The Gambia is preparing to host the 10th Year Anniversary of the African Youth Charter, dubbed Banjul +10, including a youth summit and ministerial meeting which will take place between May 21 and May 25, the Gambian Minister of Youth and Sports Alieu K Jammeh told TRT World.
In an exclusive interview, Jammeh told TRT World about the challenges facing youths in Africa and why the Gambia is hosting the African Youth charter summit.
Q: What is African Youth Charter?
"The African Youth charter was adopted in Banjul in 2006 during the seventh ordinary session of the heads of Africa and now the 10th anniversary summit needs to go back to its place of birth. The aim is to allow member states of the AU to reveal their formats of implementation. The tool is a legal instrument that guides the process of youth empowerment and development on all areas including African youth rights and responsibilities.
"The summit is to come back to the Gambia after 10 years in order to show the good practice of the Gambia towards its own youth but of course we also have our limitations, constraints and challenges.
"The gathering would address the challenge of neglecting youths. Another focus of the gathering would also address the push factor leading to the high level of African youth migration.
"Africa is witnessing a human desertification which urgently needs to be addressed. The push and pull factors of the African migration to Europe need to be tackled, otherwise we are doomed as a continent."
Q: According to you what is the biggest challenge facing Africa?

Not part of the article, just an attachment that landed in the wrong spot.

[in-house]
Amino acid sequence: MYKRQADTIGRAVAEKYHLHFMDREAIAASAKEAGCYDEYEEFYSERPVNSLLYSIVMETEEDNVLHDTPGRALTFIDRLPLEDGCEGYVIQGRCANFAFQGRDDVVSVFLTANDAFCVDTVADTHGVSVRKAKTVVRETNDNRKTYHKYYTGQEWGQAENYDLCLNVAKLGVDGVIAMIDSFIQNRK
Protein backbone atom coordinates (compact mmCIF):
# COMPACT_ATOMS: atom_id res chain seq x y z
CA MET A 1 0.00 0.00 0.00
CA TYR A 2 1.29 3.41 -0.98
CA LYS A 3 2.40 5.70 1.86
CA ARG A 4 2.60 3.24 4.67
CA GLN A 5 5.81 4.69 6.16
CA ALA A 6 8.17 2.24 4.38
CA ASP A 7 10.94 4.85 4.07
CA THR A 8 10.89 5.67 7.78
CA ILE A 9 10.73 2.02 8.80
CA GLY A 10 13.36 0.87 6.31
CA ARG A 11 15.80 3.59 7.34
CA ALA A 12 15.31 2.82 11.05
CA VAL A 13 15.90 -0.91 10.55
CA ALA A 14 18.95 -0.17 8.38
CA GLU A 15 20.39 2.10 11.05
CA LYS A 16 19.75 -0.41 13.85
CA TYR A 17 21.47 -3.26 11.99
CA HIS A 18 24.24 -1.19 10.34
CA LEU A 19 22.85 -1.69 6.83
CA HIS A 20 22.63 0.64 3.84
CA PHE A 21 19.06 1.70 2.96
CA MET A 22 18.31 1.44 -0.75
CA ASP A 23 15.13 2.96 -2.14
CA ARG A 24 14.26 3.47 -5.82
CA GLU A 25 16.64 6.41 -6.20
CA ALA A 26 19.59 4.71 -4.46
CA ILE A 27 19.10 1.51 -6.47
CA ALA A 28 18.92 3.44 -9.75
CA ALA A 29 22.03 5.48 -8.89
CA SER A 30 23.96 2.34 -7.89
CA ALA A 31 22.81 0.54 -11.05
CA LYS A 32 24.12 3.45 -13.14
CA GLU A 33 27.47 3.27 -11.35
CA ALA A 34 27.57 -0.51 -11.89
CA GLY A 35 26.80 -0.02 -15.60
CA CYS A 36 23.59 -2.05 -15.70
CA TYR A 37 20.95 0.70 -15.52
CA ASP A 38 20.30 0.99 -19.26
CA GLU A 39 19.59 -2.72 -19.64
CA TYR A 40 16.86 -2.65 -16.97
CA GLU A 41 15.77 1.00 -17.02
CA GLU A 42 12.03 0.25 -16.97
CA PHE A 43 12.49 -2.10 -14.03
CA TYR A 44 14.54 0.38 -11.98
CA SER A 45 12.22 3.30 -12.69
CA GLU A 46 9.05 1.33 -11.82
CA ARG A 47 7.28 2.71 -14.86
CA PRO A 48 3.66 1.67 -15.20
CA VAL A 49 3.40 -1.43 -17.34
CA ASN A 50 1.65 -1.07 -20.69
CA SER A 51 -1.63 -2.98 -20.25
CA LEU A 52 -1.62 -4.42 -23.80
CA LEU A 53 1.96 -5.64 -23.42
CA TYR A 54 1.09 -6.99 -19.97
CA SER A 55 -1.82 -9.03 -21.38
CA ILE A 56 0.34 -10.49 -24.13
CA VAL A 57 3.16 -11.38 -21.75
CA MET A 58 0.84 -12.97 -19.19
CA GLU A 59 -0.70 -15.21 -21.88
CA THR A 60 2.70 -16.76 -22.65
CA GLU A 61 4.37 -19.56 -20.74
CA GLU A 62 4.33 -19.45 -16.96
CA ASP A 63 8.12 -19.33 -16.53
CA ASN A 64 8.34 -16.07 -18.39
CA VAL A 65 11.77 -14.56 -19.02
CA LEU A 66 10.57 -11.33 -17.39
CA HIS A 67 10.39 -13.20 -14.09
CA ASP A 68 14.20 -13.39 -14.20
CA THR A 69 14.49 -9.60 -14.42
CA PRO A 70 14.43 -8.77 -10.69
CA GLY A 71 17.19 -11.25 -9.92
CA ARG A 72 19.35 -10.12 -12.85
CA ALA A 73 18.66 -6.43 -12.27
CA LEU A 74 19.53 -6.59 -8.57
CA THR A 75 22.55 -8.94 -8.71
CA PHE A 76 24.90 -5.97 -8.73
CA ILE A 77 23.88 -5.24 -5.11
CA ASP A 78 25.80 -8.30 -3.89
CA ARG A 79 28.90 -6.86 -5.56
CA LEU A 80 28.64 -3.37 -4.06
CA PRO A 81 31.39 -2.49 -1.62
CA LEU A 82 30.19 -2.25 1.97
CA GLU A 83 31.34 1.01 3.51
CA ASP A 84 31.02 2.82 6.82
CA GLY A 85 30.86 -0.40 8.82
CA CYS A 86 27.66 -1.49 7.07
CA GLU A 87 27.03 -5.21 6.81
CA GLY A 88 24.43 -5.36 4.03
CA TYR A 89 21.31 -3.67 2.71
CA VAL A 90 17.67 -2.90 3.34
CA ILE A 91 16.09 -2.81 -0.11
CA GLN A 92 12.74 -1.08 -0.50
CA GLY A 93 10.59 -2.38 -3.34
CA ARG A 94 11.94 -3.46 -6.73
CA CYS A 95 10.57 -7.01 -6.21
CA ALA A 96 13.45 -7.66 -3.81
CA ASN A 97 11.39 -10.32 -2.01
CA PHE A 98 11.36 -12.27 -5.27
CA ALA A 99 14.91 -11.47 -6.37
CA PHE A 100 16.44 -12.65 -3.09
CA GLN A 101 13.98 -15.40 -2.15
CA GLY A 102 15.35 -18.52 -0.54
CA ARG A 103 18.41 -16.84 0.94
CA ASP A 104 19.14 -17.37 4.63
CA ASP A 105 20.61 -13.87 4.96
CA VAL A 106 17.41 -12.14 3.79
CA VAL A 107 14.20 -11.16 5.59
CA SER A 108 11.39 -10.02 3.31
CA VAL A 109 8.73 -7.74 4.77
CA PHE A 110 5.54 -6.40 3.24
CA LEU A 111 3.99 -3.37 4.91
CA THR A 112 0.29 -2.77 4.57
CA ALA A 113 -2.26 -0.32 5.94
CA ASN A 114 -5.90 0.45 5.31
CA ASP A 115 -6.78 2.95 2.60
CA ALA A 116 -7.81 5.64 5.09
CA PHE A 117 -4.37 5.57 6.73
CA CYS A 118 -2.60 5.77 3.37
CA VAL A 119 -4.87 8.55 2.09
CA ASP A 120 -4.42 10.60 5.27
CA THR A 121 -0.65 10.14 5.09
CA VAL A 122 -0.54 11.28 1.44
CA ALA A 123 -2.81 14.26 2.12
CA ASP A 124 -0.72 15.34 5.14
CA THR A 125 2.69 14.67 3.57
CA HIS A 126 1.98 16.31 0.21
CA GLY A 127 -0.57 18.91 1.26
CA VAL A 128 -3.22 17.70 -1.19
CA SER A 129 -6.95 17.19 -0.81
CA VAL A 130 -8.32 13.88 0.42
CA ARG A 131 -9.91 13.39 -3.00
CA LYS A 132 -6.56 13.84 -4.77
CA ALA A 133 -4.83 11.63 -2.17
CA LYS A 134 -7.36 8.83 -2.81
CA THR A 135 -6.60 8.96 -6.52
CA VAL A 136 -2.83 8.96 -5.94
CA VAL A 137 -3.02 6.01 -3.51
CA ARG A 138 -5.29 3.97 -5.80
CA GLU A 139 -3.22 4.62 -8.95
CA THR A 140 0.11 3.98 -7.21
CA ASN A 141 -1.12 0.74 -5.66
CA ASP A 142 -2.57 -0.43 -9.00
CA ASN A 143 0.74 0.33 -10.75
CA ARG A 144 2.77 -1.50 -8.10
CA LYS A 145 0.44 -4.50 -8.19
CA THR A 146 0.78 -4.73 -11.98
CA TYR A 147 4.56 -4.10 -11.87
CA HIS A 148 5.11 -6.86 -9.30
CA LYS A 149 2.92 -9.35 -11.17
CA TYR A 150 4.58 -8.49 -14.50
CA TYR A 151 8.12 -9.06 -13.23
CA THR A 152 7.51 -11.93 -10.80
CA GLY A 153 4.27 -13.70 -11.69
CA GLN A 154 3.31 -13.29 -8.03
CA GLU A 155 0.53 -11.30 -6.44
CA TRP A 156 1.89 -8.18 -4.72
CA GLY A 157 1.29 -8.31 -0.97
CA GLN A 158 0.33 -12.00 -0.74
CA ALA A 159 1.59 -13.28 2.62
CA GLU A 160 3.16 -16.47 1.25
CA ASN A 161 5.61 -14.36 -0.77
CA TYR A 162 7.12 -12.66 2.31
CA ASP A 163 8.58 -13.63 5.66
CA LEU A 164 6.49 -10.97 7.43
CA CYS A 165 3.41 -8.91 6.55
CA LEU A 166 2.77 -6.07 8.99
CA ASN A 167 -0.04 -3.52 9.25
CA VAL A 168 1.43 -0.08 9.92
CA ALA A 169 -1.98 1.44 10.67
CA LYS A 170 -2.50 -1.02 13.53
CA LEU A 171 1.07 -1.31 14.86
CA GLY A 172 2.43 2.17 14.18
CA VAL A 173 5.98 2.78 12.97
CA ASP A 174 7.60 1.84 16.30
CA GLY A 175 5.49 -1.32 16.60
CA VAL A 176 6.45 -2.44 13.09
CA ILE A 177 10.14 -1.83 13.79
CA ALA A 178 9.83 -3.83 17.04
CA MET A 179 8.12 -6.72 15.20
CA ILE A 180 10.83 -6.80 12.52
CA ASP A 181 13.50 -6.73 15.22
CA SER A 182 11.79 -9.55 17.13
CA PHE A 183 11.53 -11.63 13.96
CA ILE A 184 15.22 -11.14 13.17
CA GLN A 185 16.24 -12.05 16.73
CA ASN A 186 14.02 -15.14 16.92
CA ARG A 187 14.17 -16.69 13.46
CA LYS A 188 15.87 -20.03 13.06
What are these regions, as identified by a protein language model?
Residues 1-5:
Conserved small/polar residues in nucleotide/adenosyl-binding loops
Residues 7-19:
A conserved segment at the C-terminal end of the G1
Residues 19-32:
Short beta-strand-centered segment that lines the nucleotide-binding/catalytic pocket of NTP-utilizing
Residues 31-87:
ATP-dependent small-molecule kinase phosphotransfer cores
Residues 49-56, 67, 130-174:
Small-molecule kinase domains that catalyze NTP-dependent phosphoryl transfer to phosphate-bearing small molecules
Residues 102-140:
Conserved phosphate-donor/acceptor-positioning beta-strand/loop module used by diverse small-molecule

"Africa as a continent is not able to maximise one of its biggest resources - the demographic dividend and demographic weight or the youth bulge that it has. For a long period of time that we have high number of people in one particular generation and it is unfortunate that for a long time Africa has not been able to make use of this very resource.
"Apart from the youth resource, Africa also has the natural resources and we are supposed to support the youth to utilise these natural resources. But because these human resources are not coached well to use the natural resources in abundance and benefit from them, this is the biggest challenge we are facing."
Q: How can African states create opportunities for the youth?
"Almost all of the countries in Africa are facing the same problems where you have the diamonds, the gold and the fertile land but couldn’t make use of them, so the price is what we are paying since before now which is very sad. But, the good story is that some countries began to do good things on their own. For example; in the Gambia, the first thing we have recognised [we need to do] is to create space for the young people, a space to sit around the decision making table for them to be heard so that issues and concerns they have could be put on that table.
"African youths have to also get involved in the productive sector of the economy, agriculture, entrepreneurship, skills, labour and basic intensive technologies for the development of the continent."
Author: Usman Aliyu Uba